From party politics to service delivery to the politics of the poor

From party politics to service delivery to the politics of the poor

Philani Zungu's article arguing against the lip-service of politicians of 'service delivery' to South Africa's poor.

I hope that one day it will be realised by our government officials how much betrayal they have served to the floors on which they stand and where they belong. It is very sad that our politicians forget that their power started with people like us, people like the red shirts. Their silk suits come from older struggles, from other people struggling then like we do now, in the yellow shirts of the UDF and the unions.

When they were coming into power they told us that the only colour that mattered was the colour of the skin. But the black men in silk suits do not work for us. They work for the rich – black and white. They say that they are working to give us service delivery. They are really working to deliver us to the rich – to smash our informal shacks and either leave us homeless or dump us in formal jondolos in the bush. It is the colour of the heart that matters. In our struggle we have learnt that people of different skin colours have red hearts. It is the colour of the heart that matters.

Freedom is the equalisation of all people. All people need the same respect and all people need what is necessary for a proper life – some land, a house, water, electricity, access to good education and doctors, police and courts that work for the people, the chance for proper work and support for the young, the old and the sick.

It is very sad that the people we trusted the most, the people we gave a mandate to secure our freedom, seem not to understand what is freedom. They understood quite well in the struggle but now they no longer understand. It is quite that the struggle is not over. We cannot just wait for service delivery. We are in a second phase of struggle. Older struggles put our people in the silk suits. Now our struggle, the second phase of struggle, has to force the men in silk suits to work for the poor and not the rich.

In the first struggle, when there was no freedom at all, people did not accept to be silent victims. People did not compromise. They were brave enough to put their lives at risk. Many people had so much faith that they gave up their lives to invest them in the new generation that would live in a free country.

Now that we have some freedoms in law but no full freedom in reality, now that there is no better life for all, now that the government leaves shack dwellers to burn in the fires, beats us when we march and smashes up our homes and either leaves us homeless or dumps in formal jondolos in the bush why should we be silent? Why does the Municipality of eThekwini expect Abahlali baseMjondolo to remain silent? Why are we expected to have unlimited patience while we are being attacked because ‘service delivery is coming’? Why are Abahlali baseMjondolo victimised when we claim back our humanity and the rights that we are promised with our citizenship? Why are we not allowed to work with academics at the university? Why are academics at the university not allowed to work with the poor?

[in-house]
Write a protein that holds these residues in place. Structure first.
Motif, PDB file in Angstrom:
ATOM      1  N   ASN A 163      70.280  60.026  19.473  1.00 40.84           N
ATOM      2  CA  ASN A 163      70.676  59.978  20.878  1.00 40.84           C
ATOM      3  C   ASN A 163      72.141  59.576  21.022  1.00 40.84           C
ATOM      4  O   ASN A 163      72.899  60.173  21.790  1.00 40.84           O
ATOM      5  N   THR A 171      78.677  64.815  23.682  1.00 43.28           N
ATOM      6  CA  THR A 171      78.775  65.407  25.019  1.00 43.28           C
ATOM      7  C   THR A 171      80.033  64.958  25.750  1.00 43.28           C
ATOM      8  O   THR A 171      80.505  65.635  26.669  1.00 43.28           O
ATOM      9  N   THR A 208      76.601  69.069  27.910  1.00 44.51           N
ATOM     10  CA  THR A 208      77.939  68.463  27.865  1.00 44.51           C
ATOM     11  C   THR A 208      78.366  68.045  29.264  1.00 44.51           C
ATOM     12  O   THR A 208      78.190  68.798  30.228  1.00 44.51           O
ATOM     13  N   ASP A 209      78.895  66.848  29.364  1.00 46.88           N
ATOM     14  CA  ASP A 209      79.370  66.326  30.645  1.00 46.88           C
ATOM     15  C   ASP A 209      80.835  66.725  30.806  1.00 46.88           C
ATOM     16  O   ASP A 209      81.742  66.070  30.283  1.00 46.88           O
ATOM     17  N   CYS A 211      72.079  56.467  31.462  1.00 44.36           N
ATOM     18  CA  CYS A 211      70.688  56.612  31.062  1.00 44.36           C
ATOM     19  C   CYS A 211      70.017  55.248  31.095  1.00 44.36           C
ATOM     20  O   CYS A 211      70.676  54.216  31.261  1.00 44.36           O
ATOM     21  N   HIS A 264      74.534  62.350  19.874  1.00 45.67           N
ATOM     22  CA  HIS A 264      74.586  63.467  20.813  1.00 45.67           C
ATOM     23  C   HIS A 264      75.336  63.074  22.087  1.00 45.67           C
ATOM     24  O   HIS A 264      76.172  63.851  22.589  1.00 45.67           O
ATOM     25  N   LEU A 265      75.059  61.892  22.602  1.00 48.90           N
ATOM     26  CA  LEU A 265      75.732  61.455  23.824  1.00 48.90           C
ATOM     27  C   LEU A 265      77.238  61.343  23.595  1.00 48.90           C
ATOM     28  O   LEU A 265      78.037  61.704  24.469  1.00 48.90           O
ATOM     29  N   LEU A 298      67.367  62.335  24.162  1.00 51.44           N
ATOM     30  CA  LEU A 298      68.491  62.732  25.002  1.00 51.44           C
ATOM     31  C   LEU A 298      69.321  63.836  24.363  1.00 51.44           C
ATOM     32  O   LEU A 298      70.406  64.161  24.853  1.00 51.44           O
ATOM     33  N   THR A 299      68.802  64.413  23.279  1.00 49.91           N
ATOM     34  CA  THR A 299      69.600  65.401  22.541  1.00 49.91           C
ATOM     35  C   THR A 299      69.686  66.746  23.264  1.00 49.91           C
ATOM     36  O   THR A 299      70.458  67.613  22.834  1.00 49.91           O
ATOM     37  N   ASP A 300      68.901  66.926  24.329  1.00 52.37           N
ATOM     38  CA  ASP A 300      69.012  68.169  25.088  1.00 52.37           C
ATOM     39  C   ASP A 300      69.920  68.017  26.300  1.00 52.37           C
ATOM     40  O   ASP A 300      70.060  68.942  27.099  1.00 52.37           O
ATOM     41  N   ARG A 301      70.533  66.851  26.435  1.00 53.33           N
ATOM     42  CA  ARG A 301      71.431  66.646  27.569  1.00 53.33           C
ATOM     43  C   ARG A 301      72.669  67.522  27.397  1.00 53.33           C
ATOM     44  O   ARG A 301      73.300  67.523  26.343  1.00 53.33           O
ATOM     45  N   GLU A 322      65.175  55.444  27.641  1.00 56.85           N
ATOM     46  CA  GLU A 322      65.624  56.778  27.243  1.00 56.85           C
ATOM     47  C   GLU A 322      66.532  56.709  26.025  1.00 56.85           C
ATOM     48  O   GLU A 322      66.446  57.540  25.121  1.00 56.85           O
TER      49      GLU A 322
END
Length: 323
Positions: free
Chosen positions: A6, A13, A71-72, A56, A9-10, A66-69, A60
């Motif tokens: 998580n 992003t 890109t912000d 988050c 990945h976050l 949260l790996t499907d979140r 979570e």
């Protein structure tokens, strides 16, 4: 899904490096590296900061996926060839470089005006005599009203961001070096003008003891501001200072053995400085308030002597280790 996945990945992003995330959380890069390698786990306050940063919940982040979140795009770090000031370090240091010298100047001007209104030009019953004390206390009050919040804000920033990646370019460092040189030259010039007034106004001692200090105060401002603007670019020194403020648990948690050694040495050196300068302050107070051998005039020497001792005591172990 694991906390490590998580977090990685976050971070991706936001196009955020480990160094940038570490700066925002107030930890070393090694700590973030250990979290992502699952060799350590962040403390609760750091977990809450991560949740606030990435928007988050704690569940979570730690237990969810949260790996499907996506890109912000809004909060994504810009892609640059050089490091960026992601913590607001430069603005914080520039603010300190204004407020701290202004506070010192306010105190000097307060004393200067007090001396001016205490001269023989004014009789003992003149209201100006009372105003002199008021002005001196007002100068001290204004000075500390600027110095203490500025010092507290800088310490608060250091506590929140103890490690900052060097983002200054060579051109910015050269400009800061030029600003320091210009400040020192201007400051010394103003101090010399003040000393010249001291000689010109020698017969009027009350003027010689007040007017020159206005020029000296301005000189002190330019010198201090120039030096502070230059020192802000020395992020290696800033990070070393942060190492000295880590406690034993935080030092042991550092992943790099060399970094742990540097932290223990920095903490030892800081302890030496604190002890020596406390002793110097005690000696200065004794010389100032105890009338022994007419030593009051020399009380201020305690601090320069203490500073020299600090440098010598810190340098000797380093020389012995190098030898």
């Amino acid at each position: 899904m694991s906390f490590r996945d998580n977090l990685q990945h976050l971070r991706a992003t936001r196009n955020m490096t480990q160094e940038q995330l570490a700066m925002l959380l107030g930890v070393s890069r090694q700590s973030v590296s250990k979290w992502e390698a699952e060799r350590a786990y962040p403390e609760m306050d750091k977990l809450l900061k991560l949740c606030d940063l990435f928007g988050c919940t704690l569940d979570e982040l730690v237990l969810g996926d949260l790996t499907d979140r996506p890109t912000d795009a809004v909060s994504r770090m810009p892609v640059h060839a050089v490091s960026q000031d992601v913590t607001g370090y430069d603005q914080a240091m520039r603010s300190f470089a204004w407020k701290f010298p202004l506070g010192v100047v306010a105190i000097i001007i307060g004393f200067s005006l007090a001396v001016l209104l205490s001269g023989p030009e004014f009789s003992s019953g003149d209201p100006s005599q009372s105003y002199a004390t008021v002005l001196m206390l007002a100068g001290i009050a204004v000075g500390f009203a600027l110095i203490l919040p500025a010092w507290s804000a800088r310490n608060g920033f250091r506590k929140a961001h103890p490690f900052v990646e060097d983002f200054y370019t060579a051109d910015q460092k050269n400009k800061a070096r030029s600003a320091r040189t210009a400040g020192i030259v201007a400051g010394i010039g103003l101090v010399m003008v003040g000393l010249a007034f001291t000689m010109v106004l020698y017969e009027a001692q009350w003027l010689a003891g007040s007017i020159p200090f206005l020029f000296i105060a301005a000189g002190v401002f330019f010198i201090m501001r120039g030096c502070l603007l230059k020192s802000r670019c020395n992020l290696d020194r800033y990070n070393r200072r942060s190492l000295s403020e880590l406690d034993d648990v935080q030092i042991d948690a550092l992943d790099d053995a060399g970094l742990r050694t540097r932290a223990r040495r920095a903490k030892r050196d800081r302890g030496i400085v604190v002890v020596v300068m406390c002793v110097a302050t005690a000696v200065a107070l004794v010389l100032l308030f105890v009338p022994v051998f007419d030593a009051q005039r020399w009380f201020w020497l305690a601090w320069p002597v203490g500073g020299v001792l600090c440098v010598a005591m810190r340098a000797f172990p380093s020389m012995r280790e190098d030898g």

The answer is clear. This democracy is not for us. We must stay silent so that this truth can be kept hidden. This democracy is for the rich who will build and then enjoy themselves at uShaka, King Senzagakhona Stadium and King Shaka Airport. We will only go to these places to protect and clean up for the rich.

Today Fazel Khan, a sociologist at the University of KwaZulu-Natal (UKZN), is facing charges for speaking to the media. But it is very clear to Abahlali baseMjondolo that the intention behind these charges is to get rid of Fazel from the university. He must go because he has broken the rules. With other academics, academics who are already gone from the University, he has spoken to the poor instead of for the poor. He has worked with the poor instead of with the rich in the name of the poor. Abahlali already know what the outcome of Fazel’s case will be. His dismissal is the main objective of the university bosses right now.

For a long time we have heard rumours from various people that eThekwini City Manager, Mike Sutcliffe, has been boasting that he has instructed the university to get rid of Fazel Khan and Richard Pithouse. Last year the Mercury reported that the University Vice-Chancellor, Prof. Makgoba, had told Fazel that Mayor Obed Mlaba had instructed him to ‘act against academics working with Abahlali.’ It seems that this is now being accomplished with the charges against Fazel.

The people in power are fighting against the poor instead of serving the poor. Because the poor still exist in unfreedom it is clear that people in power are fighting against freedom.

Philani Zungu served three terms as the deputy chair of Abahlali baseMjondolo and is currently the chairperson of the Pemary Ridge settlement. He has been arrested three times and on one occasion was subject to video taped torture in the Sydenham Police station. He is currently out on bail on a charge of illegally connecting electricity. He wrote this article in November 2006 when the last of the local academics associated with Abahlali baseMjondolo, Fazel Khan, was being hounded out of the University. In each case there was direct and active complicity from the resident representatives of the authoritarian edge of the white North American academic left.

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Mar 30 2008 10:42


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